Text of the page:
So we start at the very beginning of Daphne’s career as we set about discussing ‘The Loving Spirit’. Saying that, as such a fan of Daphne’s I openly admit that I wasn’t sure that this would be my cup of tea. You see there are some Daphne novels which simply don’t sound very me, for example any book with lots of boats or boating in it normally turns me right off. The fact the cover of this book has a boat on it, hmmm, wasn’t the surest sign that I would love it, but I read on, and hit a second concern. Dialect.
Dialect in a novel is a tricky beast, it adds the perfect authenticity but does take some getting used to (not that I mind some hard work as I read, I think any book is a mutual dedication between author and reader) if done wrong it can ultimately grate on the reader. When I started to spot the accents in ‘The Loving Spirit’ my heart dropped a little, this was the first book Polly and I were jointly wanting you to read-a-long with us on. Oh no! Well, shame on me, I shouldn’t have worried should I because Daphne of course makes this all work. Wait, there is more, I had a third concern when I spotted that ‘The Loving Spirit’ was also going to be a ‘generational saga’.
Generational saga’s (is this a genre) are books that I always like the sound of reading because I am a nosey so and so and you can almost guarantee there will be drama’s here there and everywhere along the way. Invariably I then see they are normally absolutely massive and so while I intend to read them, because I know I will like them, I often find they languish on the shelf in favour of shorter/middle length books. Hey, I know what I like and some authors can write an epic in under 400 pages. In this instance I think I can include Daphne as one such author.
‘The Loving Spirit’ tells of four generations of the Coombe family. In fact the book is split into four parts and the narratives pass from Janet Coombe, to her son Joseph, to his son Christopher and ending with his daughter Jennifer. Now there is so much that happens with each one I wouldn’t want to spoil the plot but this book takes us from Plyn in Cornwall to London and back again from the years 1831 through to 1930, that’s quite a stretch and with a huge amount of historical moments to cover along with all the twists and turns of family drama’s. Hence you see how difficult it is to encompass every strand of the book and why I won’t try.
I will say that when I closed the final page I actually couldn’t believe Daphne had written this all at the age of 24, or that it was a debut novel. No it is not perfect, and in some parts the book is too rushed (the very beginning where we see Janet go from a rather wild young girl to boring ‘worrying for future generations’ housewife and obsessive mother in about ten pages, and at the end – which I won’t give away) there are also some really slow points. If I am honest I think maybe 20 pages of Joseph and Christopher’s accounts, the latter in particular who I felt Daphne didn’t even like herself, could have been cut. There were also some wonderful characters (mad old ladies) that didn’t get enough time and yet were utter scene stealers.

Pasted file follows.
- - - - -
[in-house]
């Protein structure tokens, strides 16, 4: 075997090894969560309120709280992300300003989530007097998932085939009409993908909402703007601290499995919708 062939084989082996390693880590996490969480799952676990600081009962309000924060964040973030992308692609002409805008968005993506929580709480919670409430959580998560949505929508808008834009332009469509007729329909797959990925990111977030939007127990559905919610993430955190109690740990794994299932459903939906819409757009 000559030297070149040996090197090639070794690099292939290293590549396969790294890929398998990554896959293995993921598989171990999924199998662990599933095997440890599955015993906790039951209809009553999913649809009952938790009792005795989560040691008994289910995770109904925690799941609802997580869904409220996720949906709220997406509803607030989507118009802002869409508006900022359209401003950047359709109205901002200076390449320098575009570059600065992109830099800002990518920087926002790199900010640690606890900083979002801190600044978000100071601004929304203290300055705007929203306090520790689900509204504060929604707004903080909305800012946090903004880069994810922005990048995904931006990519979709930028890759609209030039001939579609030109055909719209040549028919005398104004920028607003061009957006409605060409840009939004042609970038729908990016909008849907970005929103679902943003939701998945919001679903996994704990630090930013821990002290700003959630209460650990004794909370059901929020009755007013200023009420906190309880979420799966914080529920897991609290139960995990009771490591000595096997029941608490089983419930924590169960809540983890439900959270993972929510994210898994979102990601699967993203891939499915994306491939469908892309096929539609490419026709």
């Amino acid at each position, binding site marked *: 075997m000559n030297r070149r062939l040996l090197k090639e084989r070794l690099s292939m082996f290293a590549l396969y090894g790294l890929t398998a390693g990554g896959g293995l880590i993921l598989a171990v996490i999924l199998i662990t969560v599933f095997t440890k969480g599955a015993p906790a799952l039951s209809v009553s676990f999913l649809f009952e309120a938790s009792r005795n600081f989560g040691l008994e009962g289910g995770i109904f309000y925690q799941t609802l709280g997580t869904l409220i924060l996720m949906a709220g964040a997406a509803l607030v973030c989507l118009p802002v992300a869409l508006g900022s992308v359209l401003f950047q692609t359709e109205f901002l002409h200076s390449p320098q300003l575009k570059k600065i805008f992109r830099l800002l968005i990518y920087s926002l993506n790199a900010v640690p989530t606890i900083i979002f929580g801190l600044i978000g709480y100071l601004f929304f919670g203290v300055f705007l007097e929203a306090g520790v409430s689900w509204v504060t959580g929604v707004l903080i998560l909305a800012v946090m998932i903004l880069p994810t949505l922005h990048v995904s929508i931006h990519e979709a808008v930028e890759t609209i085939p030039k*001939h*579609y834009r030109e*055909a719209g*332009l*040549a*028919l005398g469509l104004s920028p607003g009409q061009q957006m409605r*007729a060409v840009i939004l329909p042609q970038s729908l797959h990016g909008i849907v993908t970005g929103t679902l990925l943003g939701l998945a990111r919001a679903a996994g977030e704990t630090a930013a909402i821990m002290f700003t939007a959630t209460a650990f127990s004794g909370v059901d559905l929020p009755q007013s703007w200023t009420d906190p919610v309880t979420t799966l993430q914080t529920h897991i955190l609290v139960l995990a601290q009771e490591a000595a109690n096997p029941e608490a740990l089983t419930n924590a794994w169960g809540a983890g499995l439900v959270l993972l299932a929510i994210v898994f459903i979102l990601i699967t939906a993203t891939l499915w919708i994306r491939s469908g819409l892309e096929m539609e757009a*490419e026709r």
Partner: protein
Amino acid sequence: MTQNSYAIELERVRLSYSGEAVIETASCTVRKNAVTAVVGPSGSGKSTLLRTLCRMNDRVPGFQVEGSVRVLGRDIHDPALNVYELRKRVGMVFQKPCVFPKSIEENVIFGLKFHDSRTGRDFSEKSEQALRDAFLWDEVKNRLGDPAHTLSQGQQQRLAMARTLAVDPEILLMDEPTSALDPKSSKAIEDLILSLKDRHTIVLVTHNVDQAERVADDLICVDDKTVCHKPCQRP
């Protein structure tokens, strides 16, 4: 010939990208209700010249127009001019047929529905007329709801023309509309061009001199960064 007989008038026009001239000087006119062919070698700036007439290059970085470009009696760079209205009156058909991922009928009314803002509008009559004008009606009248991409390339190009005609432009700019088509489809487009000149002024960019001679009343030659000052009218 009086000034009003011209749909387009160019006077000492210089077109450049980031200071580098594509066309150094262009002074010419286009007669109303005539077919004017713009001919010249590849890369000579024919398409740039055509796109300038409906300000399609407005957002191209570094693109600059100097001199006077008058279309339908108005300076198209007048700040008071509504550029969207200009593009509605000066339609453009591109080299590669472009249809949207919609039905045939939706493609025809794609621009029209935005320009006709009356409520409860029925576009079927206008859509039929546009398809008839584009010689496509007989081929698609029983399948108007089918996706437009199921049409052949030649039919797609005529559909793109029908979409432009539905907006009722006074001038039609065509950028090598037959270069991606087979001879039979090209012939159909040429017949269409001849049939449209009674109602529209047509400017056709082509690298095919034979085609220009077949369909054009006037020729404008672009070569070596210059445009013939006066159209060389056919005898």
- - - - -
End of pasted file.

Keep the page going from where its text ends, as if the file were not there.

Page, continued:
The writing though is marvellous throughout. The scenes and atmospheres of Cornwall, life on the sea’s and London are vivid and evoking. There is also that slight unease and dark undertone throughout the whole book. Not only when tragic or dark things happen to people but also in the thoughts of the characters. Janet loves her husband, but is aware there is something out there she might love more, what though is it? The gossips in Plyn and their shocking hints about sexual relations. I also thought there was a slight incestuous nature between Janet and her son Joseph, maybe that’s just me. I am only using Janet as an example as not to give away spoilers. She even sets unease in the most beautiful paragraphs, in fact the opening section of the book shows this marvellously.
‘Janet Coombe stood on the hill above Plyn, looking down upon the harbour. Although the sun was already high in the heavens, the little town was still wrapped in an early morning mist. It clung to Plyn like a thin pale blanket, lending to the place a faint whisper of unreality as if the whole had been blessed by ghostly fingers.’
I liked ‘The Loving Spirit’ a lot and think it’s a stunning debut, that could be because I have read Daphne’s other works and know what is yet to come, or it could just be that I am bowled over that a 24 year old could write such a worldly-wise book filled with so much at such an age. That sounds like I am making excuses to make it sound all the more spectacular and I don’t think that’s so and if it was the first Daphne Du Maurier I read I would be impressed but not desperate to rush out and grab another. Yet it has something about it that I admire. It is not the best book I have ever read, but its one I am certainly glad to have spent time curled up lost in the world of the Coombe’s and watched generations go by in several blissful hours.
You can see Polly of Novel Insights thoughts here. What did you think?